U staff gives to Democrats

If today’s election repeats history, Utah’s five electoral votes will go to Sen. John McCain, but he won’t be thanking either students or employees at the U for his victory here.

During the past year, two different Hinckley Institute of Politics straw polls have indicated U students’ overwhelming support of Sen. Barack Obama for president. Official campaign finance reports show that U employees are equally enthusiastic about the Democratic nominee and have been donating generously to his campaign during the election cycle.

According to the Federal Election Commission, 263 contributors to 2008 presidential hopefuls named the U as their employer on disclosure forms. The individual amounts U employees donated during both the primary and general elections have ranged from $5 to $4,600, adding to nearly $175,000.

Of that total, more than 60 percent has gone to Obama. Hillary Clinton and Mitt Romney have each pulled in around 15 percent of the total contributions, and McCain has raised about $5,000 from U employees.

Although the majority of the campaign cash coming from the U has gone to Obama, there has been a clear preference for Republican candidates among senior administration officials. U President Michael Young donated $1,000 to the McCain campaign in April of this year, and Jack Brittain, dean of the David Eccles School of Business, gave $250 to the Arizona senator last December, according to the FEC. Neither Young nor Brittain listed the U as his employer on contribution forms.

Hinckley Institute of Politics Director Kirk Jowers said he isn’t surprised at either the amount of money Obama has been able to raise among U employees or the percentage he has claimed of the total amount donated.

“University employees all across the country are notoriously known for supporting left-leaning candidates in most elections,” Jowers said. “So it’s not a surprise that they would donate disproportionately to the Democrat this time around.”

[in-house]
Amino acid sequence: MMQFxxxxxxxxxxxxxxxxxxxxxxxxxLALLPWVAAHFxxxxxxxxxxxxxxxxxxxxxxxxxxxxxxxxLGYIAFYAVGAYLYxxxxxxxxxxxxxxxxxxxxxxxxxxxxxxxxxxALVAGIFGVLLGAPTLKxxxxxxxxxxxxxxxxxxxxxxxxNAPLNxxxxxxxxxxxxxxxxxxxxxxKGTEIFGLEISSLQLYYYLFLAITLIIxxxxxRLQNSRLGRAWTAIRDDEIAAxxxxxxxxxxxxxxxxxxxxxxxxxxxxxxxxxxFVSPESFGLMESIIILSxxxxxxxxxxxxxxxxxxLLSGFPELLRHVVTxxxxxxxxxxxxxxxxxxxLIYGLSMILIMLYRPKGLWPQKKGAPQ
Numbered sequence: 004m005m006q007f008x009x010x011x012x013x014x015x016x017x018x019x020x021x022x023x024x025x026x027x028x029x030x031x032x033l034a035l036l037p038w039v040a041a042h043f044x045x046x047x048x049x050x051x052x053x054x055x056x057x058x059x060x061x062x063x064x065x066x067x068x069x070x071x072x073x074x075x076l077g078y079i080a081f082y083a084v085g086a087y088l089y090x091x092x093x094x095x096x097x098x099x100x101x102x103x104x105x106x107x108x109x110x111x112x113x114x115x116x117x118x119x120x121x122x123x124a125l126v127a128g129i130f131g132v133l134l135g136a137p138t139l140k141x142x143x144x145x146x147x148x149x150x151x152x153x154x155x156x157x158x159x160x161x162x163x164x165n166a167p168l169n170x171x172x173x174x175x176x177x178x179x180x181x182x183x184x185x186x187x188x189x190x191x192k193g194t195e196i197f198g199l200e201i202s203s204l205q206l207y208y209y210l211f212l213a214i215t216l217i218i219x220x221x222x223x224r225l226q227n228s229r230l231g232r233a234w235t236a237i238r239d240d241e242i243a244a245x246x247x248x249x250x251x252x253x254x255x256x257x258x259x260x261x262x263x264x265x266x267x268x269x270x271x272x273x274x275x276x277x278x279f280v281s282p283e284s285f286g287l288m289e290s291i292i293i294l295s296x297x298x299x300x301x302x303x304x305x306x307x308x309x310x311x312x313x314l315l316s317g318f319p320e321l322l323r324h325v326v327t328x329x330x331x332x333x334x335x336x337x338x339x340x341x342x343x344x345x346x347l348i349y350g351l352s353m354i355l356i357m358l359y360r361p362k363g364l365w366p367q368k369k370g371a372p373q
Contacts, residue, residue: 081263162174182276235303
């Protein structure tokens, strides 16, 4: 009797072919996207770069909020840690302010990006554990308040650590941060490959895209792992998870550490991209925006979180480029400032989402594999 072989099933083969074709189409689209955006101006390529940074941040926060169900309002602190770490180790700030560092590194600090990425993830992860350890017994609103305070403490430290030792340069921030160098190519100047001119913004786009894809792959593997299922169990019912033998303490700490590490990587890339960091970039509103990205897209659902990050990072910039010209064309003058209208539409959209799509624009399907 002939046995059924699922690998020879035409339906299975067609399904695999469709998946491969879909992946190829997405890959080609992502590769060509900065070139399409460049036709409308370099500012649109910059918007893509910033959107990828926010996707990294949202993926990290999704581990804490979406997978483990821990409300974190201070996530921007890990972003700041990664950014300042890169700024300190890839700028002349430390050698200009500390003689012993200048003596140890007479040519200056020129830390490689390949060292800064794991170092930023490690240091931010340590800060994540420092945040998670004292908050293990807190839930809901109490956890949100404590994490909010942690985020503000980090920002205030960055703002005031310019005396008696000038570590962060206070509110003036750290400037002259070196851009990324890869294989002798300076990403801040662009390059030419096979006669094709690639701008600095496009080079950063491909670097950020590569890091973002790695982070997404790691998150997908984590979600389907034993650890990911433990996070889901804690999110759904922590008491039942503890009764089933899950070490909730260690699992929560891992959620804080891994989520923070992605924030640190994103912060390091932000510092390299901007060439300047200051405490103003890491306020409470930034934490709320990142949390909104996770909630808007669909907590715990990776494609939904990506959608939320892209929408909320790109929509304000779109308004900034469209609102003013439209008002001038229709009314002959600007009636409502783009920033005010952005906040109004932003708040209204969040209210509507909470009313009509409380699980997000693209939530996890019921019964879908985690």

The same financial disclosure reports show that U Hospitals and Clinics CFO Gordon Crabtree gave the maximum allowed $2,300 to Romney’s campaign in December, and that Utah Museum of Fine Arts Director David Lawrence Dee also contributed the maximum amount to Romney.

Obama donors have given smaller individual amounts and include Raymond Tymas-Jones, dean of the College of Fine Arts, who gave $600 to the Democratic nominee during the first half of 2008, and Campus Recreation Director Mary Bohlig, who gave $200 in August.

A couple of high profile U employees have contributed to the campaign of New York Sen. Clinton, who battled Obama for the Democratic nomination through the end of the primary season.

Director of Development and Patient Relations for the School of Medicine Donald Dunn donated $2,300 to Clinton’s campaign, and Dean of Students Annie Nebeker Christensen gave Clinton $352.

Vice President for Research Thomas N. Parks gave $100 to Democrat Bill Richardson, the only contribution listed from a U employee for the former New Mexico governor, who left the race early in the primary season.

The financial advantage Obama has had over McCain among U employees is far more pronounced than the advantage he has seen in the state overall, where he has raised $1.4 million as compared to McCain’s $1 million.

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